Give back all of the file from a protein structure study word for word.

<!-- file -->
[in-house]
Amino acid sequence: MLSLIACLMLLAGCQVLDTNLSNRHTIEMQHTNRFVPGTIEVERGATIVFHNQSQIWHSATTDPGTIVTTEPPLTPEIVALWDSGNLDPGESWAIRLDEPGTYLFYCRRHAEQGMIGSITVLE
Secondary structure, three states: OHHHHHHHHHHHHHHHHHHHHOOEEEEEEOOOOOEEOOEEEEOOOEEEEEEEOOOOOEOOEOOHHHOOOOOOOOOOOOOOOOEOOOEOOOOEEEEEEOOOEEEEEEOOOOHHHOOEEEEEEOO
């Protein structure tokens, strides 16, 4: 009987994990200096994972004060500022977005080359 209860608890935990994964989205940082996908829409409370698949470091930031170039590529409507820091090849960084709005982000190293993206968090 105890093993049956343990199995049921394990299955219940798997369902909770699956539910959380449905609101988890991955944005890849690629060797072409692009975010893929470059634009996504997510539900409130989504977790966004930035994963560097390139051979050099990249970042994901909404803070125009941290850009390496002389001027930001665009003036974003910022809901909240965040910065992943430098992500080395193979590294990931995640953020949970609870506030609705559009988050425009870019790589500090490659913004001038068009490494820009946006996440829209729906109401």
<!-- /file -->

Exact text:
[in-house]
Amino acid sequence: MLSLIACLMLLAGCQVLDTNLSNRHTIEMQHTNRFVPGTIEVERGATIVFHNQSQIWHSATTDPGTIVTTEPPLTPEIVALWDSGNLDPGESWAIRLDEPGTYLFYCRRHAEQGMIGSITVLE
Secondary structure, three states: OHHHHHHHHHHHHHHHHHHHHOOEEEEEEOOOOOEEOOEEEEOOOEEEEEEEOOOOOEOOEOOHHHOOOOOOOOOOOOOOOOEOOOEOOOOEEEEEEOOOEEEEEEOOOOHHHOOEEEEEEOO
């Protein structure tokens, strides 16, 4: 009987994990200096994972004060500022977005080359 209860608890935990994964989205940082996908829409409370698949470091930031170039590529409507820091090849960084709005982000190293993206968090 105890093993049956343990199995049921394990299955219940798997369902909770699956539910959380449905609101988890991955944005890849690629060797072409692009975010893929470059634009996504997510539900409130989504977790966004930035994963560097390139051979050099990249970042994901909404803070125009941290850009390496002389001027930001665009003036974003910022809901909240965040910065992943430098992500080395193979590294990931995640953020949970609870506030609705559009988050425009870019790589500090490659913004001038068009490494820009946006996440829209729906109401």